Mainliner: Dual Myths / #2021reviews
Mainliner was originally formed in 1995 by Asahito Nanjo (of High Rise) on bass and vocals and Makoto Kawabata (of Acid Mothers Temple) on guitars and a few years, a few releases and two other drummers later Koji Shimura (who formerly played in White Heaven and is also in AMT nowadays) joined them, forming the lineup that stayed together until their final album, 2001’s Imaginative Plain. Playing an extremely chaotic and noisy sort of psychedelic noise rock, they became a legend on their own right, so when Kawabata and Shimura decided to reform the band in 2013 with Bo Ningen‘s vocalist / bassist Taigen Kawabe people had very high expectations. However the new album, Revelation Space was a bit of a let down. It was not a bad one at all, it just did not have the destructive qualities and power of their old releases and played more like a still good, but definitely lesser imitation of those.
They remained active on and off since then, playing shows, releasing some live material and a split 7″, but I skipped those and when I heard that they will release a new album this year, honestly I was not that excited either. However, I turned out to be absolutely wrong to sort of write them off and Dual Myths turned out to be a mindblowing album. The opener, Blasphemy Hunter starts out more like a Bo Ningen track, with Kawabe’s trademark vocals, but then the rhythm section kicks in all its heavy psychedelic glory and keeps swirling around us for a good 20 minutes. The basic rhythm stays the same and the whole track is basically built up around a single riff (but oh my, what a riff it is!), but it changes all the time with different instruments taking center stage. It’s an absolute masterpiece that alone could make this an Album Of The Year nominee, but it just goes on and offers three other tracks (similar in both style and length) of equal quality, including the somewhat more quiet and restrained Hibernator’s Dream.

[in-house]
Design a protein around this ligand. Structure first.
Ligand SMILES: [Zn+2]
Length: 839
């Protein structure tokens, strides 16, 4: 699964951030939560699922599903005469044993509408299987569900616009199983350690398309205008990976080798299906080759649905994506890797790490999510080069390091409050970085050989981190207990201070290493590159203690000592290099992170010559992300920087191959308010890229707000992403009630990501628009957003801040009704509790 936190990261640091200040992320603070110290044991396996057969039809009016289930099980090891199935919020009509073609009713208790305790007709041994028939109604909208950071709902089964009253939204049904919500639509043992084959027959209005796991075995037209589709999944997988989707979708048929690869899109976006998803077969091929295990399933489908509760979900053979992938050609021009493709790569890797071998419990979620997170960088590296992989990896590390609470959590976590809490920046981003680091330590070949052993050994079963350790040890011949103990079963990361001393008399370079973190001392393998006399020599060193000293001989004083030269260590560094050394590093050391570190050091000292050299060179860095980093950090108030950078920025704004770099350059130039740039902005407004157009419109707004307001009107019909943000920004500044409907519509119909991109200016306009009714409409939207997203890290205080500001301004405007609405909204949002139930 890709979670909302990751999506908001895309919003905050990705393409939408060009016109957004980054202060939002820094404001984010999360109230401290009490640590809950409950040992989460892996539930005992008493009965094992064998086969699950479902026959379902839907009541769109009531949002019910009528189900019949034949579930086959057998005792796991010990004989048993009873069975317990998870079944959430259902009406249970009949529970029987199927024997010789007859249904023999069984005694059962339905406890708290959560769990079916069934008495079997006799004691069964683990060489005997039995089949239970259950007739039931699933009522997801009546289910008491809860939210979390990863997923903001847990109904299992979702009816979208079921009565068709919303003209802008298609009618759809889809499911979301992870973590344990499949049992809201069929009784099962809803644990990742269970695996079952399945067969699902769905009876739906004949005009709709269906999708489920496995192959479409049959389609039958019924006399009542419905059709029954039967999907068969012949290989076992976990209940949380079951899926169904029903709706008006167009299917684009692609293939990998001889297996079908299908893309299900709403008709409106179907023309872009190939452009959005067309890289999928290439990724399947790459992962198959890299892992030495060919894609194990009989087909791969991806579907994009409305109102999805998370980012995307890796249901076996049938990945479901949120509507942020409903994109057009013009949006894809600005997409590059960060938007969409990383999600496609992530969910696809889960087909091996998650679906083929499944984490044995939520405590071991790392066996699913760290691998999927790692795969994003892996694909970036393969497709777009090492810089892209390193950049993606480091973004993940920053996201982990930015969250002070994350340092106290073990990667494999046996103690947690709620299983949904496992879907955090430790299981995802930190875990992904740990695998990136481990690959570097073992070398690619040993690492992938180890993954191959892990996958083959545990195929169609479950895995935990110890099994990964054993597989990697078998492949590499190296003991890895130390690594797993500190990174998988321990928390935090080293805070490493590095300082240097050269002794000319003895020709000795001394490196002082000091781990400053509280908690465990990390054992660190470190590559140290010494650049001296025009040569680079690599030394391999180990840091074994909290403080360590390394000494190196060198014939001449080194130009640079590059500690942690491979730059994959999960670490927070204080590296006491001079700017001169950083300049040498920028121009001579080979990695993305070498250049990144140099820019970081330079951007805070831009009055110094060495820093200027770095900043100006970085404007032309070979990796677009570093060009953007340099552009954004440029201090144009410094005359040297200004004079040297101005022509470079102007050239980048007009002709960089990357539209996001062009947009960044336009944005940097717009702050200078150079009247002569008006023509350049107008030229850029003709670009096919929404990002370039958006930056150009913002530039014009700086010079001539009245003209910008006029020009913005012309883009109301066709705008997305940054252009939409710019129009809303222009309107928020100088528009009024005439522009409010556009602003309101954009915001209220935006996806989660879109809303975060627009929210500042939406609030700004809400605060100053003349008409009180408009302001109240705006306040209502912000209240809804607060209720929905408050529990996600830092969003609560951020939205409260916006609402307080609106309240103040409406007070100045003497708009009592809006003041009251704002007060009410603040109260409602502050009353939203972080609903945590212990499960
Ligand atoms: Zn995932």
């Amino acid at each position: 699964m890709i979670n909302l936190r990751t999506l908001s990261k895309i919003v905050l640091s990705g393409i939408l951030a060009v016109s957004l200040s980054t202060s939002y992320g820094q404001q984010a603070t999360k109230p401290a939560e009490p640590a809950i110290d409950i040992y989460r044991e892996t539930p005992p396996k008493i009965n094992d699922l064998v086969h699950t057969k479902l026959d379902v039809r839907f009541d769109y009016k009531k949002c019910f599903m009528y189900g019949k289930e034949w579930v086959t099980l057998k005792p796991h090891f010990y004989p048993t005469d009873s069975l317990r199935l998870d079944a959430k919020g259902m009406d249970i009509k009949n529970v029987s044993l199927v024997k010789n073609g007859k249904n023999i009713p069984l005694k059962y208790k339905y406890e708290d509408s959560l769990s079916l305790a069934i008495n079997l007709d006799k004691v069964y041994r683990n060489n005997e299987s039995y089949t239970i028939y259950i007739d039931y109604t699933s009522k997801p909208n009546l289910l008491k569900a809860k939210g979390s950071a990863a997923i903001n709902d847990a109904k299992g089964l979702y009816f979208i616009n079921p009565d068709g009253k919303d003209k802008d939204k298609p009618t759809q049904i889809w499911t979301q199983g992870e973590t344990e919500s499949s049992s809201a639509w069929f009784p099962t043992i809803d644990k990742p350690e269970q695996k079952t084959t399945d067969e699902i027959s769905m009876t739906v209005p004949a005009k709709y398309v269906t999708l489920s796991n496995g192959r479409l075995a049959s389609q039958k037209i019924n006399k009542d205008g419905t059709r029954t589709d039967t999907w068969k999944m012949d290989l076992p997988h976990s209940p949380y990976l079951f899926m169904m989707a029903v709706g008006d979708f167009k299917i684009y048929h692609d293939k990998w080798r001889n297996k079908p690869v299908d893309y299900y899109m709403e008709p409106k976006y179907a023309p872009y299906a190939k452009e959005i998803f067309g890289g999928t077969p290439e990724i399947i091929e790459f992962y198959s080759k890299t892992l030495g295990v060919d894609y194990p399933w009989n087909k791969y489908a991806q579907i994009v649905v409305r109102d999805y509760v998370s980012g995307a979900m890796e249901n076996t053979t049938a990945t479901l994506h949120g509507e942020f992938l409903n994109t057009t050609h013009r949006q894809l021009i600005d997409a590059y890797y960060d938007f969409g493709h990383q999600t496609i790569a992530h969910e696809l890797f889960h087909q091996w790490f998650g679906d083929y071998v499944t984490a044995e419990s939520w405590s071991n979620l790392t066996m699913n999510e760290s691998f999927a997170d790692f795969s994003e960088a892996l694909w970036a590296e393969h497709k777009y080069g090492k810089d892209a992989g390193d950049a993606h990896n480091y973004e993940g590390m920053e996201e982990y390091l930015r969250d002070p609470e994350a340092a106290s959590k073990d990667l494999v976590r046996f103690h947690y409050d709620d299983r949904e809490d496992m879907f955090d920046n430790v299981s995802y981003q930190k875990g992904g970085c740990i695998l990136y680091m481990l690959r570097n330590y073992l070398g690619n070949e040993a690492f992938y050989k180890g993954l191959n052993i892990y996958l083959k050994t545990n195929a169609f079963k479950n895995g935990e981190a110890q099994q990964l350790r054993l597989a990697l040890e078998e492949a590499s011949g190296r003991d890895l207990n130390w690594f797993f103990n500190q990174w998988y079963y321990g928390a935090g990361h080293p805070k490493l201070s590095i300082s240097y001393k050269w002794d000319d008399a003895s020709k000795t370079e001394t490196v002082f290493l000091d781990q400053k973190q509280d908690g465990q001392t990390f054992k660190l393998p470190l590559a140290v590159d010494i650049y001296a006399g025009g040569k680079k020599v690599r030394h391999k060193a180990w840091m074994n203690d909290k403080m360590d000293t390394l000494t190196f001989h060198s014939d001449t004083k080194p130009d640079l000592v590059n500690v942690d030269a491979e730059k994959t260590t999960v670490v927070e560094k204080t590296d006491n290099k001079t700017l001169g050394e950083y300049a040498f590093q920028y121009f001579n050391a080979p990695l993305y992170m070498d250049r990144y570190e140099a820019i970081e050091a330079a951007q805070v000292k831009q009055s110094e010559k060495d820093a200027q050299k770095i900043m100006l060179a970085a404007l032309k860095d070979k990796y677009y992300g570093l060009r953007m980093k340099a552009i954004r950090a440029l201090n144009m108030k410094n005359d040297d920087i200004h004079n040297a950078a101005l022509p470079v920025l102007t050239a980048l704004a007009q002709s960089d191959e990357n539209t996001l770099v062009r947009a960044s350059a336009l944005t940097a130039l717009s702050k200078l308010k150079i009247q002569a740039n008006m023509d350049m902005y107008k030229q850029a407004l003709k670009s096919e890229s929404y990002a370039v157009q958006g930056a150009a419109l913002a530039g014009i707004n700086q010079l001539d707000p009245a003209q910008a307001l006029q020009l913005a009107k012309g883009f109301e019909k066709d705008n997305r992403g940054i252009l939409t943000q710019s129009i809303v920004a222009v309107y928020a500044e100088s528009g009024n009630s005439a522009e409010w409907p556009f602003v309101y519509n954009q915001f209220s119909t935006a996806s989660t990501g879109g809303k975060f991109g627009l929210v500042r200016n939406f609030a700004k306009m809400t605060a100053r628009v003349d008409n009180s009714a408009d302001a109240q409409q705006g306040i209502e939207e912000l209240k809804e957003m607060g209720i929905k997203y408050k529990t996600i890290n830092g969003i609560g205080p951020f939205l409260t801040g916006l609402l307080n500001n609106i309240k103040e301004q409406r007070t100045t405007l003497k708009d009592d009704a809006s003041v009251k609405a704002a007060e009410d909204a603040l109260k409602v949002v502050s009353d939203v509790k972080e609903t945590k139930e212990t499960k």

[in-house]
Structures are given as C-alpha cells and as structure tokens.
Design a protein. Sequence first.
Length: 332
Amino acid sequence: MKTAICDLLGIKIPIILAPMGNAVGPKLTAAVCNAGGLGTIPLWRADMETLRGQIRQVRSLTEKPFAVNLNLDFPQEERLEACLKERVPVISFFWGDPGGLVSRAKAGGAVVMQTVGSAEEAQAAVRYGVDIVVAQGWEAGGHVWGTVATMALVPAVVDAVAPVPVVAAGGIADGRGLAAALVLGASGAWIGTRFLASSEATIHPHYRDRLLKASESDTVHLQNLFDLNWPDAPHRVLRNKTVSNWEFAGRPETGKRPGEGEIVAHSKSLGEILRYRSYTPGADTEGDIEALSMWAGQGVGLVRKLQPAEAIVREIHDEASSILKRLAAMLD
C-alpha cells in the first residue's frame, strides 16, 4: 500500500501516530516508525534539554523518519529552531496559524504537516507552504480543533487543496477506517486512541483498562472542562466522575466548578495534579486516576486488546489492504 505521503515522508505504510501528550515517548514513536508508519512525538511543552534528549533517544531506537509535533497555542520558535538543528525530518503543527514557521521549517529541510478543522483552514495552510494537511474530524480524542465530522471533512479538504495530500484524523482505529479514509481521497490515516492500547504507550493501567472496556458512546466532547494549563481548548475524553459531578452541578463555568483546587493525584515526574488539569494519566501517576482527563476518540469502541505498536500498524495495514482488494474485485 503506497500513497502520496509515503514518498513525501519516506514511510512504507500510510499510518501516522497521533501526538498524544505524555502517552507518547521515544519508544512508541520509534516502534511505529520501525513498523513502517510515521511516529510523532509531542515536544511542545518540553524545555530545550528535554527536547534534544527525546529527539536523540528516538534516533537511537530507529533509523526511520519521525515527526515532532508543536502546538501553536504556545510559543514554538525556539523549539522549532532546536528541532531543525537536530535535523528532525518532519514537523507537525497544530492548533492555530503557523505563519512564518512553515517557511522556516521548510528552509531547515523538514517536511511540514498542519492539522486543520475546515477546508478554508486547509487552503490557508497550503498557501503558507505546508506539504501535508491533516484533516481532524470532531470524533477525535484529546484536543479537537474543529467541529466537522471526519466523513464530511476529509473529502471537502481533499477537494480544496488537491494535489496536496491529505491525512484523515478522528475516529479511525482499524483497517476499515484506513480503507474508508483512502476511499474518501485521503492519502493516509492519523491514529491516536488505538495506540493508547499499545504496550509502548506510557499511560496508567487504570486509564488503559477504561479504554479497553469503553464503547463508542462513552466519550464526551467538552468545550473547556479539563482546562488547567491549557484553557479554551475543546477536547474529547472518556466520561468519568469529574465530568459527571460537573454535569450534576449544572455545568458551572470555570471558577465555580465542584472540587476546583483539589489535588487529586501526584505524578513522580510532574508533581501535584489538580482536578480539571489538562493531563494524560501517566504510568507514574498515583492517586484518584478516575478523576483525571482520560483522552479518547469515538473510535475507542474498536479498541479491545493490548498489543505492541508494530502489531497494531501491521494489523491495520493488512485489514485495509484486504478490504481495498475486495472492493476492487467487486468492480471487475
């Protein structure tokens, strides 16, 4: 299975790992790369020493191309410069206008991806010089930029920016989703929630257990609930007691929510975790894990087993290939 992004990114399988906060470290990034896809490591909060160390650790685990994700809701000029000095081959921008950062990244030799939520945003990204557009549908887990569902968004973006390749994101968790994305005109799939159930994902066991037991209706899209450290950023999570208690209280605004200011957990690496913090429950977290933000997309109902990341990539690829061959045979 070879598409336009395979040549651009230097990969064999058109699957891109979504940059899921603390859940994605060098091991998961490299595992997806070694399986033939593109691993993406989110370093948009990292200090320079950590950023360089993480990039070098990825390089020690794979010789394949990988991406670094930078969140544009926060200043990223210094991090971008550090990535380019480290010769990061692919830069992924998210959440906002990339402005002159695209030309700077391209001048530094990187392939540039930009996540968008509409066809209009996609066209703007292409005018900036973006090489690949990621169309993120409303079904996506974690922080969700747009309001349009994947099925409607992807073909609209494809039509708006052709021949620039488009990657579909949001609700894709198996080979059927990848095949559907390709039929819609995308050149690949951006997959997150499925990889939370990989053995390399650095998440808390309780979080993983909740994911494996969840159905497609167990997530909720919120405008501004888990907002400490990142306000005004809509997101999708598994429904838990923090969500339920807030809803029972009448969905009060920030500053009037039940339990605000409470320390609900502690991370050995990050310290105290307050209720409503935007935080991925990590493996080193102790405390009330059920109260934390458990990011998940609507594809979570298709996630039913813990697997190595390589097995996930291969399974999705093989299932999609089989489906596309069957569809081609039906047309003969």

On Revelation Space things just did not really work out yet and looking back at it, it feels more like a rehearsal tape with the three musicians still trying to figure out how to work together. But since then they managed to fit Kawabe into the picture and integrate his typical singing style into the band’s sound, delivering an extremely solid release that lives up to the Mainliner name. I am still not sure though if it was the right move to revive that band instead of starting a new one, as despite the mostly similar style, the new incarnation is also clearly different. While it is still the more-or-less same sort of noisy psychedelia, the extremely lo-fi and chaotic garage feel of the old albums is considerably toned down and the whole sound is taken to a slightly different direction, in part, but not only thanks to the new singer. But that’s just me being picky about details as all this aside, Dual Myths is easily amongst the best albums I’ve heard this year.
2021.02.19 / cd, 2xlp, digital
A year in reviews: in 2021 I was somewhat neglecting the site due to the lack of free time, but now I try to make up for it as much as possible, reviewing several important / good / interesting albums that were released this year. One for each day throughout December, from a very wide spectrum of genres. #2021reviews